The NSW Crown Holiday Parks Land Manager trades under the name Reflections Holiday Park

Cemeteries and Crematoria
  • Metropolitan Memorial Parks Land Manager
  • Catholic Metropolitan Cemeteries Trust

For more information about cemeteries and crematoria, visit the Cemeteries & Crematoria NSW website.

Category 2 non-council CLM

A Category 2 non-council CLM (Category 2 CLM) is a CLM that is not a local council and is not assigned as a Category 1 CLM.

Most non-council CLMs are Category 2 - there are more than 375 incorporated associations and corporations and more than 555 statutory land manager boards managing Crown reserves for the benefit of our community.

What is a statutory land manager?

A statutory land manager is a legal entity established by the Crown Land Management Act 2016 so that individuals, as members of a board, and administrators, can manage Crown reserves.

When members of the community want to get involved in Crown lands management, joining the board of an existing statutory land manager is the typical starting point.

A statutory land manager board acts like a company board of directors. It can be made up of community volunteers, local government councillors or other people appointed by the minister.

Members of the community who are appointed to statutory land management boards undertake a valuable role in the management of these community facilities and Crown reserves.

Shared management of Crown land

Some reserves may have more than one CLM. Different management responsibilities may be determined according to geography (areas of the reserve) or function (for example, finance or operations).

The minister may also tenure parts of a reserve managed by a CLM to accommodate complementary but different land uses or land users.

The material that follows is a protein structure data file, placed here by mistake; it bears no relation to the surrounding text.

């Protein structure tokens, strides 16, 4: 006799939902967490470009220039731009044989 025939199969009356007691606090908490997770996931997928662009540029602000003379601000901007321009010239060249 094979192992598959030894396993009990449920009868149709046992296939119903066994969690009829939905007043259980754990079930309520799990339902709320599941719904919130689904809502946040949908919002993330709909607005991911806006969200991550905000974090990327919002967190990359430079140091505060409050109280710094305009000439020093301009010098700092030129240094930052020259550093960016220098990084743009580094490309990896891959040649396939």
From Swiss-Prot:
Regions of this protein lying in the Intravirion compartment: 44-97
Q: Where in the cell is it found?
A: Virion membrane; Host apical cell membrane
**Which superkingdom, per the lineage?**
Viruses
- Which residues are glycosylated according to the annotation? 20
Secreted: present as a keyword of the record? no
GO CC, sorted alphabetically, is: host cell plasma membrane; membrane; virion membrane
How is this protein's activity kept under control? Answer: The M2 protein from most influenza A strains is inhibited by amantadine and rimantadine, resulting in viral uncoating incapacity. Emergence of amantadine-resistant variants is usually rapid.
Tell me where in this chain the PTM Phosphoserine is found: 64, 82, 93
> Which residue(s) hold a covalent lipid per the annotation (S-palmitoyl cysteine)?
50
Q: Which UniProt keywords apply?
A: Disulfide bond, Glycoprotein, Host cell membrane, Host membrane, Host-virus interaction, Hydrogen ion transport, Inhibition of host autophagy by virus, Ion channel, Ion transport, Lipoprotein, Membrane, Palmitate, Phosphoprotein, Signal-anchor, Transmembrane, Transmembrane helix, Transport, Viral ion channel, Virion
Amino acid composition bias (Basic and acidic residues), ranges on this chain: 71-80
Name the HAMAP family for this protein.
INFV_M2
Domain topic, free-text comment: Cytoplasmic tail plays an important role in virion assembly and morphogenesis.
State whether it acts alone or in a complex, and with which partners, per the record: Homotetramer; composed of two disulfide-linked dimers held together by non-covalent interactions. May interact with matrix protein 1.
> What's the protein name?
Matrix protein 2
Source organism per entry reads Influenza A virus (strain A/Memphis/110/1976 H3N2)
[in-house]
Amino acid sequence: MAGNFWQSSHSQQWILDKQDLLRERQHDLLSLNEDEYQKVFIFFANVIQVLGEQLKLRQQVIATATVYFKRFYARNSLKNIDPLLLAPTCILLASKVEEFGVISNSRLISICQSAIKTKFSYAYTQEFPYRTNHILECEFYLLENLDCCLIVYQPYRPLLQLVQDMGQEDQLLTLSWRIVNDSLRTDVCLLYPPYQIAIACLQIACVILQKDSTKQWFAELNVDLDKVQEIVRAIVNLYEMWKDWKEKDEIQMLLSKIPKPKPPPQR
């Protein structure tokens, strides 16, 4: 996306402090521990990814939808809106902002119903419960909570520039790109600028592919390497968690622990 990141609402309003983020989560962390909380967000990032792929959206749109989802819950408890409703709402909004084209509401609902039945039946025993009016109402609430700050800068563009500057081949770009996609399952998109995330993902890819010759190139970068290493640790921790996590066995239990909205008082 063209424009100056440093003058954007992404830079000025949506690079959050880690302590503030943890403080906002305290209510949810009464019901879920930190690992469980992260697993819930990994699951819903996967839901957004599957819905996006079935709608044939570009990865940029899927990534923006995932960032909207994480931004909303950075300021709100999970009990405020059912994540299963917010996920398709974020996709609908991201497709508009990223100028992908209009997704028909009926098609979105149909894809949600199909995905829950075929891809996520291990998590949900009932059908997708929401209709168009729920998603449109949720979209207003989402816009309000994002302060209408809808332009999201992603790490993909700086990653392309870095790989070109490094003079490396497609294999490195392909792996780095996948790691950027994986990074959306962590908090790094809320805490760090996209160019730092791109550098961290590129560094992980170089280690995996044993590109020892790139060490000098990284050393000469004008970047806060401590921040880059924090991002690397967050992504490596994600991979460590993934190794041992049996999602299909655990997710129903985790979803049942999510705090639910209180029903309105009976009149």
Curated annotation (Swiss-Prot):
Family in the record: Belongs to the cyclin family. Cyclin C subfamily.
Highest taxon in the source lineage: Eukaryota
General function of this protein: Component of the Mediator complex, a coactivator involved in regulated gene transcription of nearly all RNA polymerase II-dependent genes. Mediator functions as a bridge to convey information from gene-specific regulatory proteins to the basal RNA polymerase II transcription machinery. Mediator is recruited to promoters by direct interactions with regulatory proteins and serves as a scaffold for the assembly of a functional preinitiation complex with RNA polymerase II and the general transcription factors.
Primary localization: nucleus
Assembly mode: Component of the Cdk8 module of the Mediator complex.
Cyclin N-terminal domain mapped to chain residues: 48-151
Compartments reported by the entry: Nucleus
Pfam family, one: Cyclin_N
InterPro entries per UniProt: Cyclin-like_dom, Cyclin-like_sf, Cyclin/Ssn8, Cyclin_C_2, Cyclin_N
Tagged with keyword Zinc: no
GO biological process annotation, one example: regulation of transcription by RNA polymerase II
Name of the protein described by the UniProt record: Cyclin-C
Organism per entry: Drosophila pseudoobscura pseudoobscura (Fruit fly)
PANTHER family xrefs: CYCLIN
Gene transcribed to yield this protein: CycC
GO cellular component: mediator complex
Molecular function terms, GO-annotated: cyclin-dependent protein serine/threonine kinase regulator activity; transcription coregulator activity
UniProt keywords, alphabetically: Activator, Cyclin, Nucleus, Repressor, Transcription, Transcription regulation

For example, the department directly administers all communication tower sites on Crown land to ensure Independent Pricing and Regulatory Tribunal (IPART) recommendations are delivered consistently.  Many tower sites are situated on reserves where a CLM is appointed. In these situations, the CLM continues to have management responsibility for the area not occupied by the tower site, while the tower site owner has the authority to control the tower site directly via the minister through a licence agreement. A Crown land management rule establishes this occupation arrangement and the rules that apply to all CLMs

The role of the department

As a delegate of the minister, the department has a direct role in managing Crown reserves, including:

  • appointing and managing Crown land managers
  • ensuring CLMs understand their role and obligations and provide support, guidance and advisory services. This includes delegated consent to authorise a range of activities.
  • ongoing monitoring and compliance
  • managing Crown lands that don’t have an appointed Crown land manager.
  • implementing the new State Strategic Plan for Crown Land  - Crown Land 2031.